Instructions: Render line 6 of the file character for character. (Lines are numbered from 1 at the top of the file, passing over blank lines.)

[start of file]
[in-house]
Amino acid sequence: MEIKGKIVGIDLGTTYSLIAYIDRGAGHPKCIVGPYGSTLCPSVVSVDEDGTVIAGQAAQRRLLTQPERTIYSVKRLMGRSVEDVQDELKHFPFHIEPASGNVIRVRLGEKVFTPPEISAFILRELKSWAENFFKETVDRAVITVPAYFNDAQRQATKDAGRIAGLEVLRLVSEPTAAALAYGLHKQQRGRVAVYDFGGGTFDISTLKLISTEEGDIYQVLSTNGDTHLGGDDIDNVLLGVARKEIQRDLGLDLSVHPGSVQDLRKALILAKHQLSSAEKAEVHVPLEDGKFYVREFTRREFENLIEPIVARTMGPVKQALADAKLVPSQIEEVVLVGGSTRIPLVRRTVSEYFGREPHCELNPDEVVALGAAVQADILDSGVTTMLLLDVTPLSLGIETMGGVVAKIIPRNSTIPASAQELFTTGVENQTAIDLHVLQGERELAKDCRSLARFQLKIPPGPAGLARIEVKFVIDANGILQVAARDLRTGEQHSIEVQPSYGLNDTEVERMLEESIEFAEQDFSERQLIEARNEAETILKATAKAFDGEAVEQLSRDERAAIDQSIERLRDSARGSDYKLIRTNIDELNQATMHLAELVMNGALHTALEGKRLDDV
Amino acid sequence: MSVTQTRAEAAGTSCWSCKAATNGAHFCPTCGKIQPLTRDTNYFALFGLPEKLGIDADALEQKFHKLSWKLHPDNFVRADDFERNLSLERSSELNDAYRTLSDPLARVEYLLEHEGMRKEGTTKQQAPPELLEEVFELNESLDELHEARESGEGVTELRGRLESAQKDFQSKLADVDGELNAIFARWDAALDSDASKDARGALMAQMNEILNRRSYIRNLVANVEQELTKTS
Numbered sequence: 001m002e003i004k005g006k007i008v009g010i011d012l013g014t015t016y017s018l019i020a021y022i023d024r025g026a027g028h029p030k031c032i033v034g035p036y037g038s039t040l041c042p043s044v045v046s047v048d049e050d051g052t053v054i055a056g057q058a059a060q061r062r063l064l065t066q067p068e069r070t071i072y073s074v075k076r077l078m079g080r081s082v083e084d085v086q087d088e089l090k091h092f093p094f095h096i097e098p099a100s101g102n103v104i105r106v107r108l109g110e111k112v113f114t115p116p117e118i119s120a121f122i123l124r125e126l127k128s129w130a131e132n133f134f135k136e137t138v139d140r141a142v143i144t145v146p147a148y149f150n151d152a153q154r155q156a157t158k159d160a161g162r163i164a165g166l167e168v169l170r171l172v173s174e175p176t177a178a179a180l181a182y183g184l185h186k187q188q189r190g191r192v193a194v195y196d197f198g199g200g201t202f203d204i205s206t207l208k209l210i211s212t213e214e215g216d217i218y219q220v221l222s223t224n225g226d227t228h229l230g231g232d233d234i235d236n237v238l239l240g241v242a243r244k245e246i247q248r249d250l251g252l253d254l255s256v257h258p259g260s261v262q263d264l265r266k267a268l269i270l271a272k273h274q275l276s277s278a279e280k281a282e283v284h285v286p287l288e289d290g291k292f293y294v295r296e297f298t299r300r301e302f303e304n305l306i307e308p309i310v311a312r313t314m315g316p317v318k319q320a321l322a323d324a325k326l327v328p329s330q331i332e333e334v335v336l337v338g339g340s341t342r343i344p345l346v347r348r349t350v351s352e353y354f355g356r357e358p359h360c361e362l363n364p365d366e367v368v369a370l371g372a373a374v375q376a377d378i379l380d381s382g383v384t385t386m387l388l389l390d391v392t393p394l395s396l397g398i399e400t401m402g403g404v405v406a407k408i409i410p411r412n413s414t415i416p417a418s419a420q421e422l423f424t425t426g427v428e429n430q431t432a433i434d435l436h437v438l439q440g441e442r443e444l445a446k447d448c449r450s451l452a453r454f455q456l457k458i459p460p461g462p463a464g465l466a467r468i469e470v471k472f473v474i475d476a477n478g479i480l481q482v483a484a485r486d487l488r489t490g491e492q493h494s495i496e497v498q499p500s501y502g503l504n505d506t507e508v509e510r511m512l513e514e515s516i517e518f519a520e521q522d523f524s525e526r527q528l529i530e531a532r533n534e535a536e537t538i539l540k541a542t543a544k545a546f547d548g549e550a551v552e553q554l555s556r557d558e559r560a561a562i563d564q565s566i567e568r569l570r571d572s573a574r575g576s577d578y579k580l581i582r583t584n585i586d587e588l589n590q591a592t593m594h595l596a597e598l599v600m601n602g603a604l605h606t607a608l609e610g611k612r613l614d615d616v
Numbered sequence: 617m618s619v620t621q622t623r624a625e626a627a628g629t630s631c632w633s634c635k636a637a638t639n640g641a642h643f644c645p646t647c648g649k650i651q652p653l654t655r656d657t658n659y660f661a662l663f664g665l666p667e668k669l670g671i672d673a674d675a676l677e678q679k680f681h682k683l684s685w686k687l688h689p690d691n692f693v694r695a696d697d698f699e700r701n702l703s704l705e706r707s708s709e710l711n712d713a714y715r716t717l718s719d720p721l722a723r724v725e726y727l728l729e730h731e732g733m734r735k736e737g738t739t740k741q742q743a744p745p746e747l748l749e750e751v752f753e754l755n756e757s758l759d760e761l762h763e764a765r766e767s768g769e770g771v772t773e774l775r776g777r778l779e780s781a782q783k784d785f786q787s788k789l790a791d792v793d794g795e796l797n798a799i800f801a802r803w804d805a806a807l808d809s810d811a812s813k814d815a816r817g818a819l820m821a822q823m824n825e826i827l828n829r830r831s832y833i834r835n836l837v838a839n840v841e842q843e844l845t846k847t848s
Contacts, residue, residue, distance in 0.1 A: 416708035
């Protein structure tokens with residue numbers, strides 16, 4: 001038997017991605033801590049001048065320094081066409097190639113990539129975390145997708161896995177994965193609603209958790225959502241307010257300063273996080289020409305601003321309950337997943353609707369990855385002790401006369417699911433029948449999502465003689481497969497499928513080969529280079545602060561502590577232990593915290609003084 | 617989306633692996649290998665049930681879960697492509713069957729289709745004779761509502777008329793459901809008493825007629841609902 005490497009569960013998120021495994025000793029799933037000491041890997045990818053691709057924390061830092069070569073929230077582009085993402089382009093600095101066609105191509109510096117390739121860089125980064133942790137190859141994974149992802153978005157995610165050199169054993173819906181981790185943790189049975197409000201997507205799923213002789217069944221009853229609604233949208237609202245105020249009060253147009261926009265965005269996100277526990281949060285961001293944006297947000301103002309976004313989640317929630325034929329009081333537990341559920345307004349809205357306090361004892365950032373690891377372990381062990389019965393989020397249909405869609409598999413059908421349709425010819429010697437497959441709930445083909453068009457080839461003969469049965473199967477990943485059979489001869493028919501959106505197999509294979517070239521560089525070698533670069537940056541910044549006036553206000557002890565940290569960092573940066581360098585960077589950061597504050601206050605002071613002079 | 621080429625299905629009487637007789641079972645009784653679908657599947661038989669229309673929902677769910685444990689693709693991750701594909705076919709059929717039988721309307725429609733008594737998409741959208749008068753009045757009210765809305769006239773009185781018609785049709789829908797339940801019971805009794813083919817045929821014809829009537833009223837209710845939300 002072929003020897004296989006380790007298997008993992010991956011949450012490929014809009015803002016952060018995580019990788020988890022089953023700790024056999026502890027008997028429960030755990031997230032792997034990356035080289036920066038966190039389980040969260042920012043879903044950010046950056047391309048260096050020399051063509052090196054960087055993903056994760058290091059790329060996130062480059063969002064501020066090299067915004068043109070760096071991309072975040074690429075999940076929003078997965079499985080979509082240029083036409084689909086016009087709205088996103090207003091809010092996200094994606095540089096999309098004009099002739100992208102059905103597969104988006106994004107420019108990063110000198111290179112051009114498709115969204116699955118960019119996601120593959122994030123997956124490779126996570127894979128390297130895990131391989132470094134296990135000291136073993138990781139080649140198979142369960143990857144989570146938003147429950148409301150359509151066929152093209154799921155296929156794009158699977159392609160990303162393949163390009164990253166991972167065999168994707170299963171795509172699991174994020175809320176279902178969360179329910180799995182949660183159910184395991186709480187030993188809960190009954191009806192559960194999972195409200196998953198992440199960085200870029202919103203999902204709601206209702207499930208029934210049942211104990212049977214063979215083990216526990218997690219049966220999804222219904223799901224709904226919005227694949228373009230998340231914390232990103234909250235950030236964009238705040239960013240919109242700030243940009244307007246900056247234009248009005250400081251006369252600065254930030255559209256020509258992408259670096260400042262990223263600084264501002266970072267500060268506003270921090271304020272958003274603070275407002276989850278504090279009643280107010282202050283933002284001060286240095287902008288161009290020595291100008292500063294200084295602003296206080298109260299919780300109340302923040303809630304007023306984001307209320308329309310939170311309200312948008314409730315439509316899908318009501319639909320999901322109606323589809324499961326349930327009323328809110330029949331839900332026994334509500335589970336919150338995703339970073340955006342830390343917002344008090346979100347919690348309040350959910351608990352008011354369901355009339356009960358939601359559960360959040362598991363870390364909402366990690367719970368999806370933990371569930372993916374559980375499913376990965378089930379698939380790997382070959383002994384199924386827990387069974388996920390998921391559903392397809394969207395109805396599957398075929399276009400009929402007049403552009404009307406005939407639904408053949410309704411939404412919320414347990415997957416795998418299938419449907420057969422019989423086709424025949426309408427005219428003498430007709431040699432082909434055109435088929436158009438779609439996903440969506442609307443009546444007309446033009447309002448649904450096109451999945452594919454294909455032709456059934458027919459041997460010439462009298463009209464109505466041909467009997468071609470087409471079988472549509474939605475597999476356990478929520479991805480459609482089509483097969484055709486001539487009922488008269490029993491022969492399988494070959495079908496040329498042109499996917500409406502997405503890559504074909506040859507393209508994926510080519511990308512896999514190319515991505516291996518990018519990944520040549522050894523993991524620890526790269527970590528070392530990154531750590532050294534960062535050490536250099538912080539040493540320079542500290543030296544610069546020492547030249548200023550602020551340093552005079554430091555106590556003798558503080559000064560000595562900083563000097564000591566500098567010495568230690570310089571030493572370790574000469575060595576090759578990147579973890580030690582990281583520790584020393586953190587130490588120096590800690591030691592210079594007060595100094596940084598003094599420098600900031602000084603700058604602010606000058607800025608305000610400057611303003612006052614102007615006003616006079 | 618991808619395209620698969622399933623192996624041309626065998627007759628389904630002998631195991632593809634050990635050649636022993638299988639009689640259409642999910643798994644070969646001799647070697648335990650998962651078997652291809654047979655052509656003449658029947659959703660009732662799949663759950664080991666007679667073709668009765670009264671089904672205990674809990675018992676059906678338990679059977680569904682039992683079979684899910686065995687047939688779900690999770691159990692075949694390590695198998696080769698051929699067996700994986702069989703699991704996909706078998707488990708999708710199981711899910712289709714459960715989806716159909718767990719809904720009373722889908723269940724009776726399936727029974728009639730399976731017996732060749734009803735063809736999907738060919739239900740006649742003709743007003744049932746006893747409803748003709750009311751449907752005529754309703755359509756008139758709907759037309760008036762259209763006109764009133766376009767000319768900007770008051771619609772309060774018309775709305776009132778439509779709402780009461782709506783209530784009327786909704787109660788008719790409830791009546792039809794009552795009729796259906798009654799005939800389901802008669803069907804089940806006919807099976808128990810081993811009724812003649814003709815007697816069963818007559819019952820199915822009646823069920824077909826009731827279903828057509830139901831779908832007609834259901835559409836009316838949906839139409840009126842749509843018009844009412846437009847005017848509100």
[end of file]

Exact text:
Contacts, residue, residue, distance in 0.1 A: 416708035